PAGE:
I chose a relatively simple setting for my “hero” sandwich, and waited for my turn at one of the two shooting stations Matt had positioned in the abundant natural light of the studio’s roll-up doors. One of the most enjoyable parts of the day was watching my classmates set up their projects, place their props, adjust their tripod positions, and fiddle with the details. Blogging is such a solitary activity; it was a real treat to watch other people’s creative processes up close. Matt worked with each of us to find the best angle for our shots, adjust lighting, suggest changes to props, and generally hold hands and help us feel confident about our own abilities.
The class wasn’t cheap — $695 for two days of combined demos and hands-on workshop — but even as an experienced photographer, I felt it was worth the expense. There are precious few opportunities to learn food styling from reputable stylists at the top of their game, fewer still to work one-on-one with one of the country’s top food photographers. Having all three of these experts together in a single, collaborative workshop was invaluable, and getting to play in a professional food-photography studio was the icing on the cake.
The biggest and most pleasant surprise of the weekend was just how much everyone in the class collaborated, helping each other choose our project subjects, select appropriate props from Matt’s amazing inventory, set up our cameras to capture the best shots, and make adjustments to food on the set. Though we all were working at different levels — some were more experienced at styling but needed help with their cameras, and vice-versa — we all helped each other get great results.
At the moment, Food Fanatics doesn’t have any additional styling-plus-photography classes like this one scheduled, but that’s due to change soon: A repeat of the blogger-specific class is slated for late spring/early summer 2010. (Watch the Food Fanatics blog for details.) If you’re just interested in the styling aspect, Denise and Cindie will be teaching two classes in January: a 3-day food-styling workshop in Long Beach, and a 2-day hands-on food styling class in San Francisco at the The Art Institute.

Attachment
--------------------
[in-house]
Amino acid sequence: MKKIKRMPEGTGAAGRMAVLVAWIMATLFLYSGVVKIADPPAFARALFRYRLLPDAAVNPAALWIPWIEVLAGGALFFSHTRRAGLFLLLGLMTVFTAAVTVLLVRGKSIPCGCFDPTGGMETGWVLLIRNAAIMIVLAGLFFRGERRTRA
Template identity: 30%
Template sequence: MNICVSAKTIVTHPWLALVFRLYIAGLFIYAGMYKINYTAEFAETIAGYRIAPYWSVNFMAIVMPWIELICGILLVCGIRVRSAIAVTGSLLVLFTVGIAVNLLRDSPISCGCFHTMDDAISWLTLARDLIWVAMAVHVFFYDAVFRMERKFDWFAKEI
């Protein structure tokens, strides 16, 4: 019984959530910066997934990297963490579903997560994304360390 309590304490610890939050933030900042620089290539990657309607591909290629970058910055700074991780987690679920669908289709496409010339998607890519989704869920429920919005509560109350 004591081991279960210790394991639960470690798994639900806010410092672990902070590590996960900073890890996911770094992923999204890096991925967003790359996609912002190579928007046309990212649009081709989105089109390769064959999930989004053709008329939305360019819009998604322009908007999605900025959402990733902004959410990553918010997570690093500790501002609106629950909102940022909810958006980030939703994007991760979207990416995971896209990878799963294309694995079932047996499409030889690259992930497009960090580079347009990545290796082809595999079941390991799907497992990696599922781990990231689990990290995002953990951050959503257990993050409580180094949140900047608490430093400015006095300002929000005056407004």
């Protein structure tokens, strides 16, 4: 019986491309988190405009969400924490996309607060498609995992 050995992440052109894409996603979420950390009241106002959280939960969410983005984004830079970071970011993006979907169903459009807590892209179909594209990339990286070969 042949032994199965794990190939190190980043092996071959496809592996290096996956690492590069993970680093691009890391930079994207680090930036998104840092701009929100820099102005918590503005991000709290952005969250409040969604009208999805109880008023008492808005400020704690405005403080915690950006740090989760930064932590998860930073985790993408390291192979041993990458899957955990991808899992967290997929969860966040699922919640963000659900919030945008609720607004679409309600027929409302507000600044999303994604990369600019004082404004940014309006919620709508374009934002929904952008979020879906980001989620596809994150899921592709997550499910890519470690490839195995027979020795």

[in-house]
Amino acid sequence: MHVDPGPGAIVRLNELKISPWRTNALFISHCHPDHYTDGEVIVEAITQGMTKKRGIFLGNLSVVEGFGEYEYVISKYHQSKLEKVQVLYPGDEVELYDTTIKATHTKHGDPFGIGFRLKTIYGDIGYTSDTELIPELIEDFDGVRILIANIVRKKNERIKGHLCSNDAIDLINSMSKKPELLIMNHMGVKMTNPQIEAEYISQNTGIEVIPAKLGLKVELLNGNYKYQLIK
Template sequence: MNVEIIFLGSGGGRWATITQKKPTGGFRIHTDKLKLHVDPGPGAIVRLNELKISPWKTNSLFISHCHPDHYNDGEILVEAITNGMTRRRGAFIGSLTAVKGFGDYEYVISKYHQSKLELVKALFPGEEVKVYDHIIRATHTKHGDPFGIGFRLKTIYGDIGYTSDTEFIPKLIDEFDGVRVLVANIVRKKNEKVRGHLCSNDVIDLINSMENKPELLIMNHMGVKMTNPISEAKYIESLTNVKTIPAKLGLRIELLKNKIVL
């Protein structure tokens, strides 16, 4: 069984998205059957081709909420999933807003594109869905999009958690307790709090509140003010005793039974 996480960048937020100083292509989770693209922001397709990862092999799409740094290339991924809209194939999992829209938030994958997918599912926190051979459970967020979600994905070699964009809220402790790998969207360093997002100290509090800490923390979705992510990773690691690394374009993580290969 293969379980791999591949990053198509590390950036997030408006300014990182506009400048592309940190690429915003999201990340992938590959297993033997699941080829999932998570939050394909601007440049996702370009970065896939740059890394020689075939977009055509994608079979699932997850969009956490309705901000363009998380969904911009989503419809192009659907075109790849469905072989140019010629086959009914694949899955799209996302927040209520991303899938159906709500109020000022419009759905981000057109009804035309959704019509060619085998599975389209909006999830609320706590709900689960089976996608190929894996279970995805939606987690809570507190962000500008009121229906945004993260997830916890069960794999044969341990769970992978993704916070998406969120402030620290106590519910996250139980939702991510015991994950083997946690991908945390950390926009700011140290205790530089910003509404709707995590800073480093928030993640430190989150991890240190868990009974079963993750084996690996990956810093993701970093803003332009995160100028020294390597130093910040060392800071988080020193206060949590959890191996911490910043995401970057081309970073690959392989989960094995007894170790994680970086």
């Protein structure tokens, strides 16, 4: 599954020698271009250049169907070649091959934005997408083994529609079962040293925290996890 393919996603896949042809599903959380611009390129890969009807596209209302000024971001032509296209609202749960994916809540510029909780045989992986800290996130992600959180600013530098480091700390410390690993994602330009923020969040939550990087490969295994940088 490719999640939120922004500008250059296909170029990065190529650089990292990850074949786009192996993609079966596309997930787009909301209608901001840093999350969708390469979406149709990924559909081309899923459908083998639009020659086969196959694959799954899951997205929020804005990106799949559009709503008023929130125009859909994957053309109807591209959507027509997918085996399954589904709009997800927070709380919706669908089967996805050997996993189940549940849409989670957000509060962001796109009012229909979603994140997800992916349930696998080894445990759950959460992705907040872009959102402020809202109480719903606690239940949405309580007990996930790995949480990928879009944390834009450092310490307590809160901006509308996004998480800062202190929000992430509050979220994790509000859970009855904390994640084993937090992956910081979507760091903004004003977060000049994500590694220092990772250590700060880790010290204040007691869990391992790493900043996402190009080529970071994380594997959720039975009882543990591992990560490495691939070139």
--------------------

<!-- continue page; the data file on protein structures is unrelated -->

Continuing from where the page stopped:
Professional site: Food Fanatics
Food styling classes: Culinary Entrepreneurship
Blog: Food Fanatics Unwashed
Professional site: Matt Armendariz Photography
Food & photo blog: MattBites
Years ago, I knew a guy who fancied himself a gourmet cook, even though his culinary skills were marginal at best. His one saving grace, kitchen-wise, was his signature pasta dish: Linguine combined with mozzarella — right in the hot pasta pan, so it got all stringy — then tossed with ripe tomatoes, loads of garlic, and a bunch of basil.
It was a good meal, even great when the seasons were right, but its real charm was its artlessness: No measuring, no fancy technique; just good food, simply prepared.
Even though tomatoes, mozzarella, and basil is a classic summer combination, I hadn’t thought of this pasta for years until I read our friend Jennifer’s post last week, where she described a remarkably similar dish. Her version keeps the cheese separate until the end, uses a combination of Mediterranean herbs, and omits the garlic. In a way, it’s a lot like seeing an old friend again after a long absence: A few things have changed, but the basic features are unmistakable.
For this week’s One Local Summer dinner, we whipped up a batch this new/old favorite, using some of the first tomatoes from our garden, along with basil, parsley, and chives from the herb beds. We used our favorite local pasta from Eduardo’s, a dense, wheaty fusilli. If you use a similar hearty pasta, this recipe makes four generous servings.
Pasta alla Jenblossom
– adapted from Last Night’s Dinner
4 to 5 ripe tomatoes (enough for 4 cups coarsely chopped)
~1 cup fresh herbs, coarsely chopped (I used 3/4 cup basil, 1/4 cup parsley, 2T chives)
2 cloves garlic, pressed
1/2 tsp crushed red chile flakes
sea salt, to taste
8oz good-quality dried pasta
3T olive oil
8oz fresh mozzarella, cut into smallish chunks
Put a pot of well-salted water on to boil. Meanwhile, chop the tomatoes into large chunks, and combine in a large bowl with herbs, garlic, chile, and sea salt. Toss and let sit to combine.
Boil your pasta according to package directions, stopping at the al dente stage. Just before the pasta is done, combine tomatoes with the olive oil and mozzerella. Drain the pasta and add it to the bowl with the tomatoes. Toss well and let sit it soak for as long as you can bear the heavenly smell of summer. Enjoy warm or at room temperature.
Farmers and food artisans who created the ingredients for this week’s recipe: